To mark the centenary of its foundation, the British Security Service, MI5, has opened its archives to an independent historian, the first time any of the world's leading intelligence or security services has taken such a step. "The Defence of the Realm", the book which results, is an unprecedented publication. It reveals the precise role of the Service in twentieth-century British history, from its foundation by Captain Kell of the British Army in October 1909 to root out 'the spies of the Kaiser' up to its present role in countering Islamic terrorism. It describes the distinctive ethos of MI5, how the organization has been managed, its relationship with the government, where it has triumphed and where it has failed. In all of this, no restriction has been placed on the judgements made by the author. The book also casts new light on many events and periods in British history, showing for example that through well-placed sources MI5 was probably the pre-war department with the best understanding of Hitler's objectives, and had a remarkable willingness to speak truth to power; how it was so astonishingly successful in turning German agents during the Second World War; and that it had much greater roles than has hitherto been realized during the end of the Empire and in responding to the recurrent fears of successive governments (both Conservative and Labour) and or Cold War Communist subversion. It has new information about the Profumo affair and its aftermath, about the 'Magnificent Five' and about a range of formerly unconfirmed Soviet contacts. It reveals that though MI5 had a file on Harold Wilson it did not plot against him, and it describes what really happened during the failed IRA attack in Gibraltar in March 1988. When Rab Butler was appointed Home Secretary with responsibility for the Security Service in 1957 he didn't even know where its headquarters were. "The Defence of the Realm" now describes this previously extremely secretive organization more fully than any previous book - and identifies all its main buildings on the end papers.
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A Q&A with Christopher Andrew
Question: Where does "MI5" come from?
Christopher Andrew: MI5 originally stood for "Military Intelligence [Department] 5." The Secret Service Bureau (SSB) was formed in 1909 to counter the danger to Britain from German espionage, and the division of the SSB responsible for counter-espionage within the British Isles became Department 5, or "MI5." MI5 was renamed the Security Service in 1931, but is still commonly known as MI5 today.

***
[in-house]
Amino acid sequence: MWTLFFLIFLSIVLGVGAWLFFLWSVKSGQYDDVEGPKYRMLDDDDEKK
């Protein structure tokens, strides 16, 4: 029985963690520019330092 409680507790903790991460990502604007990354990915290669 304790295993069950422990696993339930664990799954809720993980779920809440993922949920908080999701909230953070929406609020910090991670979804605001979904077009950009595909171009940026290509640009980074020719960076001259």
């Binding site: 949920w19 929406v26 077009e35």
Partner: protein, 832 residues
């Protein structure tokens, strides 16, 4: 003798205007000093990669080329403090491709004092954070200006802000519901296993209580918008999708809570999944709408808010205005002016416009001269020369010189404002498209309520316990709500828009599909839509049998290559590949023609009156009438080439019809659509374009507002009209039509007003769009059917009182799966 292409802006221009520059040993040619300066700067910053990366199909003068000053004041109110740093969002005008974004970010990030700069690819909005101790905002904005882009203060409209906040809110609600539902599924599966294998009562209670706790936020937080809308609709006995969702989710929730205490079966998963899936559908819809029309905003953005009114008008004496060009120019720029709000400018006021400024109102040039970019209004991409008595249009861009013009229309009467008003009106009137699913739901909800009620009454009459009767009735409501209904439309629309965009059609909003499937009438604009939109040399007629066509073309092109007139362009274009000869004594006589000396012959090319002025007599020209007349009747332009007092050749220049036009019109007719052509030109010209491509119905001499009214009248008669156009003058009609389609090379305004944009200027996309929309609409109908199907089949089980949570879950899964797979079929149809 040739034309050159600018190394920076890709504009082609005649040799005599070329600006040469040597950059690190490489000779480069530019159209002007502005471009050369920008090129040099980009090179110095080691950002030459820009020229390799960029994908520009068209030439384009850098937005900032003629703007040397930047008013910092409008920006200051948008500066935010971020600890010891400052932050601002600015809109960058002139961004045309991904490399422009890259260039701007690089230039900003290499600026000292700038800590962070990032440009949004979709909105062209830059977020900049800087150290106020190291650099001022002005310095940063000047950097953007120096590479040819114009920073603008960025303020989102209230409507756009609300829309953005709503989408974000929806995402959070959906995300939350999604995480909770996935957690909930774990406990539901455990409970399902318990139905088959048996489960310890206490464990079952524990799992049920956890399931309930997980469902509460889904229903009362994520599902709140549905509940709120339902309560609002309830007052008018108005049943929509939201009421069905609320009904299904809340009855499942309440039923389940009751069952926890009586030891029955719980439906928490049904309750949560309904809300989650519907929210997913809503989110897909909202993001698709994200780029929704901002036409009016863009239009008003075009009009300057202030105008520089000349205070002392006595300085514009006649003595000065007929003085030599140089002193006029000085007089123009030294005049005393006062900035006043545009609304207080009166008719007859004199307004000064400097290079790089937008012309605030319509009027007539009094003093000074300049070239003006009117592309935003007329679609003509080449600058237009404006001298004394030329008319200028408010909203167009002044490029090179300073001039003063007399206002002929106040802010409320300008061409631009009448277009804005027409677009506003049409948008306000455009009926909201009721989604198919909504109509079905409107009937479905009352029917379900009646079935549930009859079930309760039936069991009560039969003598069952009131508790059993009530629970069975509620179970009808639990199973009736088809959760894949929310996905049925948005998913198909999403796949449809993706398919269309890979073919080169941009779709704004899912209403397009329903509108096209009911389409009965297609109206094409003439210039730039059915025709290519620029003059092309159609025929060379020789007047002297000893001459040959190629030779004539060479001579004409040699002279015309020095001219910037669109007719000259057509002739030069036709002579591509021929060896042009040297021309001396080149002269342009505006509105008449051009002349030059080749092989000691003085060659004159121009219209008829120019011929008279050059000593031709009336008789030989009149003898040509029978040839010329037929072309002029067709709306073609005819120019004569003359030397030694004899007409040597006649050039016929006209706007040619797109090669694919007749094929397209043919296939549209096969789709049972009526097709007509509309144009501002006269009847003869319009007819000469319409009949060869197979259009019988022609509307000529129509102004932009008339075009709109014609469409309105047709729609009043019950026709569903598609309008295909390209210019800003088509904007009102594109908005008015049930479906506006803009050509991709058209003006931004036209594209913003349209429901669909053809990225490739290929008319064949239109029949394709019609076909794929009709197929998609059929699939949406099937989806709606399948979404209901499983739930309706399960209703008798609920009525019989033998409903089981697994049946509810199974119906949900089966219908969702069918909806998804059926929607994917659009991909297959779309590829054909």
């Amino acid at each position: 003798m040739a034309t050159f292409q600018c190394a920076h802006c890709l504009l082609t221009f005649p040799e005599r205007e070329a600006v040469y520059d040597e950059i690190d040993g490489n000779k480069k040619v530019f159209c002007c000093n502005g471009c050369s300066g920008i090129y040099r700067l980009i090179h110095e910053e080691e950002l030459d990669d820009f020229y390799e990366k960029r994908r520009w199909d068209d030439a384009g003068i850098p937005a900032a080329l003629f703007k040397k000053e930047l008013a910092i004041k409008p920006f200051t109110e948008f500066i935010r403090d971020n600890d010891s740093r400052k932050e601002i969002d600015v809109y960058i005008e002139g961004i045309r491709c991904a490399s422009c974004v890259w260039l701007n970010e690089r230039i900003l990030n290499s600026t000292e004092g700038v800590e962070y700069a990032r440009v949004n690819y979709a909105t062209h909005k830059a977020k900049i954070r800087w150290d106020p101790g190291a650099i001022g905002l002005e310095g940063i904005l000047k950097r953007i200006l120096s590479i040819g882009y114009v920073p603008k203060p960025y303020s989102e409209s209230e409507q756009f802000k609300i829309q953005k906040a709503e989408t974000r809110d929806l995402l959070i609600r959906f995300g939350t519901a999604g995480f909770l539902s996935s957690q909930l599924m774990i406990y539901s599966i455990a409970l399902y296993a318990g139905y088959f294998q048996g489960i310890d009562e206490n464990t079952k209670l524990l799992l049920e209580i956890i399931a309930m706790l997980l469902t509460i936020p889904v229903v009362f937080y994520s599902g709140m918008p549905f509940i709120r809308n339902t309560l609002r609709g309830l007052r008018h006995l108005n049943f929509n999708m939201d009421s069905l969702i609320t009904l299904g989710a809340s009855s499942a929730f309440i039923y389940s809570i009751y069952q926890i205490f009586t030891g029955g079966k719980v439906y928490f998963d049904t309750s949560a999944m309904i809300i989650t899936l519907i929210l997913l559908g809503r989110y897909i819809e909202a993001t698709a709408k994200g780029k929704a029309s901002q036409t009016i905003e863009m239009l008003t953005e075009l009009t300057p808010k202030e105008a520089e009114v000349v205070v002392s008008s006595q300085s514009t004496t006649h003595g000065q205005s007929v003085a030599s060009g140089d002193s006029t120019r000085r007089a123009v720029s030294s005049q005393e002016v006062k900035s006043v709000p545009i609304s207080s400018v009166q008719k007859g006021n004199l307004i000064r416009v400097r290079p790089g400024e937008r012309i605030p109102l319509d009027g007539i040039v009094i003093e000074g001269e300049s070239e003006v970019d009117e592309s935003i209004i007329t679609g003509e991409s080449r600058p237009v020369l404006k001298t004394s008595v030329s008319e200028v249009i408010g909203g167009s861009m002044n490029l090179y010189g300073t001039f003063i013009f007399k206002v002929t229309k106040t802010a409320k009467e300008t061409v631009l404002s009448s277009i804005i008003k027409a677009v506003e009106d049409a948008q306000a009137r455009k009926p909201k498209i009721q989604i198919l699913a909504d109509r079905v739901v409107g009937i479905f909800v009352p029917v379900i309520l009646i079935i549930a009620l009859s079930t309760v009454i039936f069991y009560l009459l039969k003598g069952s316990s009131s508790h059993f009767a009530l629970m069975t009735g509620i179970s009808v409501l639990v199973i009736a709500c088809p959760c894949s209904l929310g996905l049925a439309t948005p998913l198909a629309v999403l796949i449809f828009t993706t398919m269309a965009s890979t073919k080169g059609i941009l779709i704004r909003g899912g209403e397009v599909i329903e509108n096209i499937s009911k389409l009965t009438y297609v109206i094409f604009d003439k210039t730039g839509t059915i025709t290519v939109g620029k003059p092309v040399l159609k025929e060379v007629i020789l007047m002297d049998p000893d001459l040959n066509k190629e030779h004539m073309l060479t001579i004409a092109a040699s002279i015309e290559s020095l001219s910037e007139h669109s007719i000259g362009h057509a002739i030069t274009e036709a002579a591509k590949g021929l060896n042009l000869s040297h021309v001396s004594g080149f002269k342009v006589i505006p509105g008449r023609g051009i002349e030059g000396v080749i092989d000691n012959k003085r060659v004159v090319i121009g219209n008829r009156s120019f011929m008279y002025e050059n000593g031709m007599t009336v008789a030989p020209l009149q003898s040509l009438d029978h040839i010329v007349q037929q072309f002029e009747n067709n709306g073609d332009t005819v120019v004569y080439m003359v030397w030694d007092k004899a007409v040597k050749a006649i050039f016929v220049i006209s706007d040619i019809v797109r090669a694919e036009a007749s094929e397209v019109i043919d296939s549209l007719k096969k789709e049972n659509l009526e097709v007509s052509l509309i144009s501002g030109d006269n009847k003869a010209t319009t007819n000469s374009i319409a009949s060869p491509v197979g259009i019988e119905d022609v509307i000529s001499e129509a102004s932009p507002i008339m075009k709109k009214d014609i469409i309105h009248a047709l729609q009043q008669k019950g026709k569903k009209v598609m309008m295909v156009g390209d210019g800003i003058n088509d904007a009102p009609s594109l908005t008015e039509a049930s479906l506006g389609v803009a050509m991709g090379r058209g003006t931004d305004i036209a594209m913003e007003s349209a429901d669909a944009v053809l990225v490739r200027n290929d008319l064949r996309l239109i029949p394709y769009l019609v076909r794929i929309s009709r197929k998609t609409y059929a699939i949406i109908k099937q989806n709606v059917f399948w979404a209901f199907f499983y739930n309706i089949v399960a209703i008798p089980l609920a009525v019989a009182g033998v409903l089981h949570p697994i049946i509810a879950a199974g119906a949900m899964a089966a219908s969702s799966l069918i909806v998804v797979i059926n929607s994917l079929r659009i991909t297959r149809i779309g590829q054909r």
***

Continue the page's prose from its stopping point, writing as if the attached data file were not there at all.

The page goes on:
Question: Where is MI5 based?
Christopher Andrew: MI5's staff, headed by Director General Jonathan Evans, is largely based in their headquarters at Thames House in London. They also have eight regional offices around Great Britain plus a Northern Ireland headquarters. The Service is organized into seven branches, each with specific areas of responsibility, which work to counter a range of threats including terrorism, espionage and the proliferation of weapons of mass destruction.
Question: What happened to MI1-MI4?
Christopher Andrew: There were a number of departments within the Directorate of Military Intelligence (MI1 through MI19) which dealt with a range of issues. For example, MI1 was responsible for code-breaking, and MI2 handled Russian and Scandinavian intelligence. The responsibilities of these departments were either discontinued or absorbed into The War Office, MI5 and MI6 and, later, the Government Communications Headquarters.
Question:What is the difference between MI5 and MI6?
The Security Service (MI5) is the UK’s security intelligence agency, responsible for protecting the UK, its citizens and interests, at home and overseas, against the major threats to national security. The Secret Intelligence Service (MI6) is primarily responsible for gathering intelligence outside the UK in support of the government's security, defence, foreign and economic policies.
Question: How realistic is the depiction of MI5 in the television series Spooks (MI-5 here in the United States)?
Christopher Andrew: The BBC's Spooks is a slickly-produced and entertaining drama, but, like other works of spy fiction, it glamorizes the world of intelligence. The nature of MI5's work can be stimulating and highly rewarding (as the show's strapline declares, it is not "9 to 5"), but the program does not portray the full range of their activities, nor the routine, but vitally important, aspects of their operations which would not make such exciting viewing. Particularly unrealistic is the way in which the characters in Spooks regularly act outside the law in pursuit of their investigations!
(Photo © Michael Jones)About the Author:
Christopher Andrew is Professor of Modern and Contemporary History and Chair of the Faculty of History at Cambridge University. He is also chair of the British Intelligence Study Group, Co-Editor of Intelligence and National Security, former Visiting Professor at Harvard, Toronto and the Australian National University, and a regular presenter of BBC Radio and TV documentaries. His thirteen previous books include The Mitrokhin Archive volumes 1 and 2, and a number of path-breaking studies on the use and abuse of secret intelligence in modern history.
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Book Description Allen Lane, 2009. Hardcover. Book Condition: New. Never used!. Bookseller Inventory # P110713998857
Book Description Allen Lane, 2009. Hardcover. Book Condition: New. Brand New!. Bookseller Inventory # VIB0713998857
Book Description Allen Lane, 2009. Hardcover. Book Condition: New. book. Bookseller Inventory # M0713998857
Book Description Penguin Books Ltd, 2009. Hardcover. Book Condition: Brand New. 944 pages. In Stock. Bookseller Inventory # zk0713998857